Festivals vs Pilgrimage in Judaism

Festivals are an integral part of Judaism, they often commemorate past events, losses and historic victories. Orthodox Jews make a point of celebrating important festivals as a family, so that knowledge and tradition may be passed down to the next generation. In this regard, festivals are a key aspect of Jewish life, perhaps more so than pilgrimage. There are countless festivals in the Jewish calendar (perhaps not countless, but many) each celebrating or commemorating something different. Some may argue that without festivals to remind us, important historic events would be forgotten as generations wore on. Not to mention the fact that age old traditions would be lost. So yes, festivals are a very important aspect of Jewish life.

Now, how do they compare when placed against pilgrimage? Firstly, it’s always best to define one’s terms; a pilgrimage is a journey, often over great distances that are made for religious reasons. Examples of famous sites of pilgrimage can be found in Christianity’s St Peter’s Church, in the Vatican, Rome. This is supposedly were the great St. Peter is buried and millions of Christians flock to it every year. An example of a Jewish site of pilgrimage is the cave at which the matriarchs (Sarah, Rivkah and Leah) and patriarchs (Abraham, Isaac, and Jacob) are buried. Pilgrimages are made to go see historic sites and remember great people who have passed.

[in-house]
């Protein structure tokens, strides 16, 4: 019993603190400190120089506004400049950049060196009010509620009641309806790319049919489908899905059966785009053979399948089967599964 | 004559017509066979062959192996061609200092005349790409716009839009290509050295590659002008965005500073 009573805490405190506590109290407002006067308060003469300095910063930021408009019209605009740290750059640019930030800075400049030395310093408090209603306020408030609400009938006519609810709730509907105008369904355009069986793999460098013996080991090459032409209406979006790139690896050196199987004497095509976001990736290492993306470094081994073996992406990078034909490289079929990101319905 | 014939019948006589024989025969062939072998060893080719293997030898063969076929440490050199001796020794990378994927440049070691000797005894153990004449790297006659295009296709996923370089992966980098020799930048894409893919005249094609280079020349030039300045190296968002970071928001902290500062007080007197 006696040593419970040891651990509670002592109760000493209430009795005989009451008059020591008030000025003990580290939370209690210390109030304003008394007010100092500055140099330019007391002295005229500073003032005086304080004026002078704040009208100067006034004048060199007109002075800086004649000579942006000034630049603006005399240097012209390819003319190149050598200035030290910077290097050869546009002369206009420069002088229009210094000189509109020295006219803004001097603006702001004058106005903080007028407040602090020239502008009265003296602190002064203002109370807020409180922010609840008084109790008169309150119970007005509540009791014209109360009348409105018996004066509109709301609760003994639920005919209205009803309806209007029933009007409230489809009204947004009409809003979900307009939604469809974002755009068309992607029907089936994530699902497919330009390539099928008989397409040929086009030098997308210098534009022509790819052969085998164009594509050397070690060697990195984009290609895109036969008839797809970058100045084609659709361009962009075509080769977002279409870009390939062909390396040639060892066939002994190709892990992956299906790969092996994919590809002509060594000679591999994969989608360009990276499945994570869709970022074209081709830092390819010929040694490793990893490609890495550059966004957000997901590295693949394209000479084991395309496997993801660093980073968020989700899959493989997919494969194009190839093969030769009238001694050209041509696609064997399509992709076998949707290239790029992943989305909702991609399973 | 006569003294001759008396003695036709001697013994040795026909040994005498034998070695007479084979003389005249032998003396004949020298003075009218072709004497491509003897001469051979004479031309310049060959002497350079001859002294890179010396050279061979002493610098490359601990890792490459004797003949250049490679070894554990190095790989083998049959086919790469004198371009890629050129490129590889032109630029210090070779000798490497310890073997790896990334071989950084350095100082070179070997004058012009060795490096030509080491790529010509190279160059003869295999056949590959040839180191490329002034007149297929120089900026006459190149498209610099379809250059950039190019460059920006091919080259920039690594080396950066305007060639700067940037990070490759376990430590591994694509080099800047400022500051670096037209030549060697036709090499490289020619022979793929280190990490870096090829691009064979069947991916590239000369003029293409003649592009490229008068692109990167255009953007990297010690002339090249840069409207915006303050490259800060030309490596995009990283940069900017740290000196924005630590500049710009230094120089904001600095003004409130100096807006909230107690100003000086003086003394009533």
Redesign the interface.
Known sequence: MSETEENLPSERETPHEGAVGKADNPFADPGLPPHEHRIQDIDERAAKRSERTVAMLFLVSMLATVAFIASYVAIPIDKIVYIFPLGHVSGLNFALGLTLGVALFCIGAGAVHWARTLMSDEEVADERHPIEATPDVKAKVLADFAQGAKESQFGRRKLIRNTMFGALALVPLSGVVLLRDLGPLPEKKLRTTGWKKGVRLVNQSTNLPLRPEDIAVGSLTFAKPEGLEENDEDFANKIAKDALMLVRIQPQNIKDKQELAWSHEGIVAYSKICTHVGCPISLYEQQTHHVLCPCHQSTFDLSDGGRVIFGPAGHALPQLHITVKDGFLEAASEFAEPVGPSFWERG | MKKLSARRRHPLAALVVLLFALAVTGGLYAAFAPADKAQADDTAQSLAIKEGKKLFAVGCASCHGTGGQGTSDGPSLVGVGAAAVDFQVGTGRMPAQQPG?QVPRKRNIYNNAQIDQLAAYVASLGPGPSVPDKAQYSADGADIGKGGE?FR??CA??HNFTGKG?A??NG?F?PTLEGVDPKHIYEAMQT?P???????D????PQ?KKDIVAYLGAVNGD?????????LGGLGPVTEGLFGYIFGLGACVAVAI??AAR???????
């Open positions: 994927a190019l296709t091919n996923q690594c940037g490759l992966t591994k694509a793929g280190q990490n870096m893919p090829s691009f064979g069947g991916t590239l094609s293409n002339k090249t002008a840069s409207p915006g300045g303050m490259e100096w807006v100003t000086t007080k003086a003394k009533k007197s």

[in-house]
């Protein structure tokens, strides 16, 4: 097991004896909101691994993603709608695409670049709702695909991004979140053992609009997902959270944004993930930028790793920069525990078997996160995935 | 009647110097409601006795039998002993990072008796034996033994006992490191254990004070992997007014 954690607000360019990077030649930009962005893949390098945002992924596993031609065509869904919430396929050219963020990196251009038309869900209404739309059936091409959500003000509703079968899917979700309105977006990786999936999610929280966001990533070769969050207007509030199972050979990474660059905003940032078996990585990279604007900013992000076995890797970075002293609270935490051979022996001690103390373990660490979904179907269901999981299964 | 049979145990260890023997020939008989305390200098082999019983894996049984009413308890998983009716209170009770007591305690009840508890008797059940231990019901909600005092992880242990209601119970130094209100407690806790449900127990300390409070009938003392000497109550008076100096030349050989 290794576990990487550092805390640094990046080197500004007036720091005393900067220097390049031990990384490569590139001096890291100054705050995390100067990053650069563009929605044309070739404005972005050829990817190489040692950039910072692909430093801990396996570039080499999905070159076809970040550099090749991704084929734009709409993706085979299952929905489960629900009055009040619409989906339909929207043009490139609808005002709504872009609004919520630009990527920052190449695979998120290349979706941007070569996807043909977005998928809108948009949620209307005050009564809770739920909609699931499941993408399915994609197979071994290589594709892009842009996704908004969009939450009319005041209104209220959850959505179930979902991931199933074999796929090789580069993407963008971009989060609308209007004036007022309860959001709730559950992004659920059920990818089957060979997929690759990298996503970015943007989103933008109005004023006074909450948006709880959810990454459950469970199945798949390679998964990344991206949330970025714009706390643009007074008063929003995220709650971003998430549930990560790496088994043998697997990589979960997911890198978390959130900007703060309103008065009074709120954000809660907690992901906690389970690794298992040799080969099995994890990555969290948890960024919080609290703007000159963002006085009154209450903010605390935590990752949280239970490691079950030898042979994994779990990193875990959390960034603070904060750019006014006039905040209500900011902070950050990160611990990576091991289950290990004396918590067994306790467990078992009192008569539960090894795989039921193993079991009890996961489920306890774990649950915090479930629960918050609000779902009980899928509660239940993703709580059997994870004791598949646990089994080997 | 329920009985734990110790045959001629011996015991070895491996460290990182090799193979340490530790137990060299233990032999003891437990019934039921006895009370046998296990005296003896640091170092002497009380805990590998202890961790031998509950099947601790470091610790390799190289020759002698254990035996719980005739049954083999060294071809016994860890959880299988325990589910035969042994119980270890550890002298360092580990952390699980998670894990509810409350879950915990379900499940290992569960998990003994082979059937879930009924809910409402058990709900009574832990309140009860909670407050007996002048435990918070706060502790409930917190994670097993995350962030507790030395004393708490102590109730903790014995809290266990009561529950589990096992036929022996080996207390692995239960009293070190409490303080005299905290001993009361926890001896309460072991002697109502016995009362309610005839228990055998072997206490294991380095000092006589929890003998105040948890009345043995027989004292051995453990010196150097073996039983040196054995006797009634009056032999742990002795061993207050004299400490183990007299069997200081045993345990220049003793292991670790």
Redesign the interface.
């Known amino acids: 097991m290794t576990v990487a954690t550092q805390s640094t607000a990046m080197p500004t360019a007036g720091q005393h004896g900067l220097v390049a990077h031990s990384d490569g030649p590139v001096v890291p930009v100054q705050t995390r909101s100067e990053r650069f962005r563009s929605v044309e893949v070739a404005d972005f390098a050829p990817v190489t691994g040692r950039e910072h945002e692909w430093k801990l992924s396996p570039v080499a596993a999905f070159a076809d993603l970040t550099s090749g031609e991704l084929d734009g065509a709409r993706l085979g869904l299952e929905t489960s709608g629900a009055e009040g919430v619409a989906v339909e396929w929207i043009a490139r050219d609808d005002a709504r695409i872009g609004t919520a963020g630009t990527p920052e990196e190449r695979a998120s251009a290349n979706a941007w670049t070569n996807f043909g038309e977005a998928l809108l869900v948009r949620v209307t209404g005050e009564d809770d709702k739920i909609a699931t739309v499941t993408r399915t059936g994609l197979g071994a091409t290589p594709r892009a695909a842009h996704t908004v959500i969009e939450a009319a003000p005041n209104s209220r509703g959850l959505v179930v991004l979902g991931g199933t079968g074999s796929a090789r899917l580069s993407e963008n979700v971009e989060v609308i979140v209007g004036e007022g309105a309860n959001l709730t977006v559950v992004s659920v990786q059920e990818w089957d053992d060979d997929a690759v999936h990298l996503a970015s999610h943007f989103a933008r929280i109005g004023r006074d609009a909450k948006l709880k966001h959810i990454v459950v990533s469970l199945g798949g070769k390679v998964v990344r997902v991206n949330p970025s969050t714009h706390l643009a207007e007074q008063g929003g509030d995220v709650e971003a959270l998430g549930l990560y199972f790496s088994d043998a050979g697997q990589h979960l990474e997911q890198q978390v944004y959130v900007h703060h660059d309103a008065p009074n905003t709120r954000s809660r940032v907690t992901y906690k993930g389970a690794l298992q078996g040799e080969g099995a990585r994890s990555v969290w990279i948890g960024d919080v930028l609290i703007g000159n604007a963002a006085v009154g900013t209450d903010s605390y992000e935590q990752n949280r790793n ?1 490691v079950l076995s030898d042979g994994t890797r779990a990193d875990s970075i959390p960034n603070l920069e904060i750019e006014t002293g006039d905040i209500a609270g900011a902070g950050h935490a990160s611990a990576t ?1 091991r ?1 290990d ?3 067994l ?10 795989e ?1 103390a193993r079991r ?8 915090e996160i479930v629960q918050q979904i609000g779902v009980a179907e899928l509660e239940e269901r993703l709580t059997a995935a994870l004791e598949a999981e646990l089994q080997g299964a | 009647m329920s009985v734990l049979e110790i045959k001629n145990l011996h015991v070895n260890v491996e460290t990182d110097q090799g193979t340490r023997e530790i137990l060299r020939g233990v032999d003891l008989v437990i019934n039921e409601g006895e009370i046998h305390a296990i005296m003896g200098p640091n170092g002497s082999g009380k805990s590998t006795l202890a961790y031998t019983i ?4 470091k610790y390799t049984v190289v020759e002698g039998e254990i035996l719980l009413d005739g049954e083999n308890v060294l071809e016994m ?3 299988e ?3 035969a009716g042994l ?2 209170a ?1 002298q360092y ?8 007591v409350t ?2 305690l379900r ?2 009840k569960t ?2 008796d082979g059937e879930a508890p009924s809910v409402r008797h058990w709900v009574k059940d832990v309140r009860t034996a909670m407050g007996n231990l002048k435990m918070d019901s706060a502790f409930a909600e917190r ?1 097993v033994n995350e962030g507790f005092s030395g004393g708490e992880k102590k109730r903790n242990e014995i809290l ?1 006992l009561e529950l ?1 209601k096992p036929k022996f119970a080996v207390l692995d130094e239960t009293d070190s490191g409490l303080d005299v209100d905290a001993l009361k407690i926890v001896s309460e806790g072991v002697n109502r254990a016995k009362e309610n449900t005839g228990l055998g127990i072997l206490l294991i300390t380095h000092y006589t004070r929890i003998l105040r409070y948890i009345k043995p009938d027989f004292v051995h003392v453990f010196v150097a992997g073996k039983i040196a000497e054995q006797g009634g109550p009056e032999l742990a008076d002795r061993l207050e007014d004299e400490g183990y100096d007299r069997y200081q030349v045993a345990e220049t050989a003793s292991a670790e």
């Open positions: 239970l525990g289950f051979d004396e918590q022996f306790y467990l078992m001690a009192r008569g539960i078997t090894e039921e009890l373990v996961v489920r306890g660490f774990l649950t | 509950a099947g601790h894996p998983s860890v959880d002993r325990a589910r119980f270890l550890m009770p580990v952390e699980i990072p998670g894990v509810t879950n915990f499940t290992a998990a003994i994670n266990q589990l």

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They are not so different to Festivals, which also commemorate and remember past people and events. I don’t honestly think takes precedence over the other. Rather, they are intrinsically related.

Together they are important aspects that make up Judaism. The religion does not rely on only one, nor really does it rely on both as they are not the key principles of religion. They do play important roles though, in the family aspect of religion.

However, it can be said (and rightly so) that Jewish pilgrimage is rarely practised in these times save by those ultra-orthodox Jews who travel to Mt. Hebron every year. So festivals, which are celebrated by nearly all Jews, may be said to be more important. One can’t say that this argument is invalid, as it presents a worthwhile point, however in my opinion neither is more important than the other.

Therefore, I must disagree with the statement and say that I do not believe that festivals are more important than pilgrimage. Nor if the question had been inversely stated, would I agree with it then. No one aspect of religion is more important than another. Perhaps had the question been; “In the 21st century, do you believe that festivals are more important than pilgrimage?” I may have answered differently.